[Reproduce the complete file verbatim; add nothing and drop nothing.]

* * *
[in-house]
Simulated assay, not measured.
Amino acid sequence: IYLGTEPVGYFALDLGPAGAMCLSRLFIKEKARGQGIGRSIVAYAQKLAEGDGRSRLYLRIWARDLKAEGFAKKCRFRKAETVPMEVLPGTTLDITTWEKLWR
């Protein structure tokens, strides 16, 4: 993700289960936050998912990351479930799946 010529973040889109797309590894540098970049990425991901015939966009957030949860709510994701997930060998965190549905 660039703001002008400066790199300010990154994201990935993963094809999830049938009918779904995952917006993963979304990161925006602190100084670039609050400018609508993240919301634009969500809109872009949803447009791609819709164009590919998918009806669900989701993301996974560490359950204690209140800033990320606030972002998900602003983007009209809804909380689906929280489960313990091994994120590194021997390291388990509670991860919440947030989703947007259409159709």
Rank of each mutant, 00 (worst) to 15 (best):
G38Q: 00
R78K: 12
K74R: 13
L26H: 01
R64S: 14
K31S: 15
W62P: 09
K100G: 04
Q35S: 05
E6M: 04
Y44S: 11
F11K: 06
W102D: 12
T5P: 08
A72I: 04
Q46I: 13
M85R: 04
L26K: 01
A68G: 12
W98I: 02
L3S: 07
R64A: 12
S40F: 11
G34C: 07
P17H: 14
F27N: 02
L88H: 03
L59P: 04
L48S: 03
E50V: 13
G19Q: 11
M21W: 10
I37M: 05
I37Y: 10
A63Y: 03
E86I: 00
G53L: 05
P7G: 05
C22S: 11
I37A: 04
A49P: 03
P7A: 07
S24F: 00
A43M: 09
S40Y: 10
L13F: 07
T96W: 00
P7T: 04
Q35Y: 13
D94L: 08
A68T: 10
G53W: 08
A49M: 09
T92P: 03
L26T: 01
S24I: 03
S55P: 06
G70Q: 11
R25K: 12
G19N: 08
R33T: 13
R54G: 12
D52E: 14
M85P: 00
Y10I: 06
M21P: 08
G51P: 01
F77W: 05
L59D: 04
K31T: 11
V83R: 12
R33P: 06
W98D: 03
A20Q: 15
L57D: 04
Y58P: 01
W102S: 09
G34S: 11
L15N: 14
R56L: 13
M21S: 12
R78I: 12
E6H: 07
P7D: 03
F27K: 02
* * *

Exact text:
[in-house]
Simulated assay, not measured.
Amino acid sequence: IYLGTEPVGYFALDLGPAGAMCLSRLFIKEKARGQGIGRSIVAYAQKLAEGDGRSRLYLRIWARDLKAEGFAKKCRFRKAETVPMEVLPGTTLDITTWEKLWR
């Protein structure tokens, strides 16, 4: 993700289960936050998912990351479930799946 010529973040889109797309590894540098970049990425991901015939966009957030949860709510994701997930060998965190549905 660039703001002008400066790199300010990154994201990935993963094809999830049938009918779904995952917006993963979304990161925006602190100084670039609050400018609508993240919301634009969500809109872009949803447009791609819709164009590919998918009806669900989701993301996974560490359950204690209140800033990320606030972002998900602003983007009209809804909380689906929280489960313990091994994120590194021997390291388990509670991860919440947030989703947007259409159709």
Rank of each mutant, 00 (worst) to 15 (best):
G38Q: 00
R78K: 12
K74R: 13
L26H: 01
R64S: 14
K31S: 15
W62P: 09
K100G: 04
Q35S: 05
E6M: 04
Y44S: 11
F11K: 06
W102D: 12
T5P: 08
A72I: 04
Q46I: 13
M85R: 04
L26K: 01
A68G: 12
W98I: 02
L3S: 07
R64A: 12
S40F: 11
G34C: 07
P17H: 14
F27N: 02
L88H: 03
L59P: 04
L48S: 03
E50V: 13
G19Q: 11
M21W: 10
I37M: 05
I37Y: 10
A63Y: 03
E86I: 00
G53L: 05
P7G: 05
C22S: 11
I37A: 04
A49P: 03
P7A: 07
S24F: 00
A43M: 09
S40Y: 10
L13F: 07
T96W: 00
P7T: 04
Q35Y: 13
D94L: 08
A68T: 10
G53W: 08
A49M: 09
T92P: 03
L26T: 01
S24I: 03
S55P: 06
G70Q: 11
R25K: 12
G19N: 08
R33T: 13
R54G: 12
D52E: 14
M85P: 00
Y10I: 06
M21P: 08
G51P: 01
F77W: 05
L59D: 04
K31T: 11
V83R: 12
R33P: 06
W98D: 03
A20Q: 15
L57D: 04
Y58P: 01
W102S: 09
G34S: 11
L15N: 14
R56L: 13
M21S: 12
R78I: 12
E6H: 07
P7D: 03
F27K: 02